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FSA budget freeze to lead to £6m spending fall

Corin Williams06/01/2016 - 14:09

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Heather Hancock
Heather Hancock

The Food Standards Agency (FSA) is to redesign its regulatory regime within three years in an attempt to cut back expenditure by around £6m by 2020.

In giving evidence to the parliamentary Environment, Food and Rural Affairs Committee this week, FSA chair Heather Hancock indicated charging businesses for official food controls would only take place after the agency made cut backs.

She said short-term budget management might include ‘further incremental staffing reductions’.

‘I am concerned to be sure that we carve out from that budget enough to invest in a better long-term system,’ she said.

‘It’s all very well to say local authorities are under pressure, but what are the alternative models that we can look at for how we can, with local authorities, ensure that local level functions currently done by EHOs and trading standards officers are re-thought and re-positioned.’

She indicated she would want to re-design a ‘more fit for purpose regulatory regime’ within three years.

In November chancellor George Osborne announced the FSA would receive £85.4m a year from 2015/16 until 2020. In 2014/15 the FSA’s budget was £108m.

The FSA said the freeze on front-line delivery and administration costs would lead to a real-terms reduction of about 7 per cent.

A spokesperson said: ‘This cut requires us to make further savings over the next four years.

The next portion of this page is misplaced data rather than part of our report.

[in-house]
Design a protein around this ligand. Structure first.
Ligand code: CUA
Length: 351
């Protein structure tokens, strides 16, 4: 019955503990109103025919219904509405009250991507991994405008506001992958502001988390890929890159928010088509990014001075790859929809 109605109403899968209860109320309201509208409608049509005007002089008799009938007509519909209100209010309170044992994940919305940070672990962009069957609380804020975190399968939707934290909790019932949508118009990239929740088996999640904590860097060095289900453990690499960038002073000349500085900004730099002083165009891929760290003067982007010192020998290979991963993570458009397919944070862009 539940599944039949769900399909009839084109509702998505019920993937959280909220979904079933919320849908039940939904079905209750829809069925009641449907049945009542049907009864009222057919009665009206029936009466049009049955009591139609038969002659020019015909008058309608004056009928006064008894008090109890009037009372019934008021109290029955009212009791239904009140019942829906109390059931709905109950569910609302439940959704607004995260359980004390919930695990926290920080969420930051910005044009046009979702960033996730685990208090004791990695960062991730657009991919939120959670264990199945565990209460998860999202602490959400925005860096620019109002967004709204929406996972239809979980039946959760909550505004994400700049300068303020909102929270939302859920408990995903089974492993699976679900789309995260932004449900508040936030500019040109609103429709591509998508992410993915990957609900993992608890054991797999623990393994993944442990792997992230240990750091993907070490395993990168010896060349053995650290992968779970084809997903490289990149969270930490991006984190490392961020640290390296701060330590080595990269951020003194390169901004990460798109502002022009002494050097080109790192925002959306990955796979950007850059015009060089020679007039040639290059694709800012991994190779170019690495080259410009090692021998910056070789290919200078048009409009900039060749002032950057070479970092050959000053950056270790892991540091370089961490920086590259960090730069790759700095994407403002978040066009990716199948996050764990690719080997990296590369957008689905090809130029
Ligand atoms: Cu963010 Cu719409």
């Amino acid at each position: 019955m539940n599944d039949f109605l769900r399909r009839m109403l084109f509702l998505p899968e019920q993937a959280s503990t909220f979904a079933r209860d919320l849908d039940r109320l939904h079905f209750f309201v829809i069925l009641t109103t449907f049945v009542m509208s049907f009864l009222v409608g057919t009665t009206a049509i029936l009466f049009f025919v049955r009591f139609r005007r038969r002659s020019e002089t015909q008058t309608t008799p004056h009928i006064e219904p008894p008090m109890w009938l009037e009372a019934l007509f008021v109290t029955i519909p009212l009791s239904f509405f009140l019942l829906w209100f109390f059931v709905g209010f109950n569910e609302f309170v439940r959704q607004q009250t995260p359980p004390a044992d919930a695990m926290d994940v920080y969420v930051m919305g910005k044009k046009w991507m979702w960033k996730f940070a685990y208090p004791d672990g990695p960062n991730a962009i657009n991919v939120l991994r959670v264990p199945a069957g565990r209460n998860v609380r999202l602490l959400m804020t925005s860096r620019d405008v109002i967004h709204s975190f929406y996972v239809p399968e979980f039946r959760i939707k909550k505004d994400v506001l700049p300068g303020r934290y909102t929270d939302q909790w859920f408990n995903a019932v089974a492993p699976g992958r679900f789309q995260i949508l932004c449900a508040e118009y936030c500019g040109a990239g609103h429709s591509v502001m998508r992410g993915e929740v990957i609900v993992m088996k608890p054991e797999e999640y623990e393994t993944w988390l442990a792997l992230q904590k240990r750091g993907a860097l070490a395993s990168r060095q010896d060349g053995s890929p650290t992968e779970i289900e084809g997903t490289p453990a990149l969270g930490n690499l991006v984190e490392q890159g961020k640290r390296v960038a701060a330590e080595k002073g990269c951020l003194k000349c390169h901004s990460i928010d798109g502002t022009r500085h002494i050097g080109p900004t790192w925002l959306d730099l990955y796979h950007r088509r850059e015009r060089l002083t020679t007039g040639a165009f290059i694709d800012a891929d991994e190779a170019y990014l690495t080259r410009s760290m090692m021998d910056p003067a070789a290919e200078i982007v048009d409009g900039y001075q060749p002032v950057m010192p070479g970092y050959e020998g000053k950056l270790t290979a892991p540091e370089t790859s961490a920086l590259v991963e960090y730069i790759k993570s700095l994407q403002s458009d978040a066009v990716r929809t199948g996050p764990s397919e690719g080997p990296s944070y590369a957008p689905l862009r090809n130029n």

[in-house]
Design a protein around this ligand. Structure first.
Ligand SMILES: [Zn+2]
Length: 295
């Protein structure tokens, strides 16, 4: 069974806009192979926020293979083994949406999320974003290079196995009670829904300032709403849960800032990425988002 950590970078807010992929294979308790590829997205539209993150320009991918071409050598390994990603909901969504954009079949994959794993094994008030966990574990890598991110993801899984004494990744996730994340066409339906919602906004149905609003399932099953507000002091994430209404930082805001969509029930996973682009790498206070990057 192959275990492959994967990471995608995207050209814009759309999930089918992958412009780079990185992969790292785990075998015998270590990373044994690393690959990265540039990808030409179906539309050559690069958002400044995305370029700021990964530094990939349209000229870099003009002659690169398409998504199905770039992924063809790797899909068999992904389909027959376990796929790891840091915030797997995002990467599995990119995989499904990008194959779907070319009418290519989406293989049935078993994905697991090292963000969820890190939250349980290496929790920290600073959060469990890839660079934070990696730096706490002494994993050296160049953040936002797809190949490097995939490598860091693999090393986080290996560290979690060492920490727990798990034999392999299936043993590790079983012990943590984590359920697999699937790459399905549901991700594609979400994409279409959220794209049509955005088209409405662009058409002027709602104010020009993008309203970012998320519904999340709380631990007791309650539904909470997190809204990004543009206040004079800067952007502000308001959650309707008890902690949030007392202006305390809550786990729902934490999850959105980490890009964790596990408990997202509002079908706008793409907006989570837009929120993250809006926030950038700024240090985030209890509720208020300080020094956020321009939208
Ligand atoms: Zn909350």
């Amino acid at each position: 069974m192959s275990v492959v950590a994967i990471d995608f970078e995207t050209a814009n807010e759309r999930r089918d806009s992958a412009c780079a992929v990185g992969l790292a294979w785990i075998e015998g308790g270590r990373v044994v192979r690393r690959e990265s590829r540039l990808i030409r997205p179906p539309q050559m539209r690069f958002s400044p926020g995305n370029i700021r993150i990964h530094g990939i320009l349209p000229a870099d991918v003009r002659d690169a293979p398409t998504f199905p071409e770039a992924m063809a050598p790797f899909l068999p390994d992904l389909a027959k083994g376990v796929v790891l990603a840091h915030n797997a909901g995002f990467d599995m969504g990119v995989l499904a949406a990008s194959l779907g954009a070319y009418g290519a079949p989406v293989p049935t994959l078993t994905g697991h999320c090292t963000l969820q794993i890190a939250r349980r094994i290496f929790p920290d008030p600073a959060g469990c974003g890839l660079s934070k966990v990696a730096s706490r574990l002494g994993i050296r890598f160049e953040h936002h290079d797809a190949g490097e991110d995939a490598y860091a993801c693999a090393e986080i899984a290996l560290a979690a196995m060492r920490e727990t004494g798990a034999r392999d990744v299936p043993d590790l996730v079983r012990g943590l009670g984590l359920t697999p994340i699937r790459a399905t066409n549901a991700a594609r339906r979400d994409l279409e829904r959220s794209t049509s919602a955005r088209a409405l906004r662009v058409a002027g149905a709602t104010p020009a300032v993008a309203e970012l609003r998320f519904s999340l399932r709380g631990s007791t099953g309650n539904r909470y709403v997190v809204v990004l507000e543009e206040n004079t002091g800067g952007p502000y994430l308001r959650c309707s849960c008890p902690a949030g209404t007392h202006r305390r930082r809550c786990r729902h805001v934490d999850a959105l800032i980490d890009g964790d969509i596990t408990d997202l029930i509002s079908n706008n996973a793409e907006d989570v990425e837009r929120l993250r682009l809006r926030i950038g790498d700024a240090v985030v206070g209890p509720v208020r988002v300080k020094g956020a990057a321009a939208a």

‘The wider environment we work in will also remain extremely challenging, particularly as local authority funding is reduced and other government departments face similar pressures.’

The Treasury defended the FSA’s settlement in response to a letter from the CIEH, Tifsip and the Food and Drink Federation to protect front-line environmental health services.

The Treasury’s response said: ‘This settlement will enable the FSA to continue to uphold the same high standards of food safety and continue to deliver the requisite official meat hygiene controls as they did in the last Parliament.

‘Food safety and authenticity will be further strengthened by the expansion of the Food Crime Unit from April next year, and the FSA’s settlement includes funding for this expansion.’

In December the Department for Communities and Local Government announced councils’ central grant would be phased out by 2020.

The Treasury said other sources of income including council tax receipts and business rates are forecast to increase, leading to a 1.7% reduction in spending per year.

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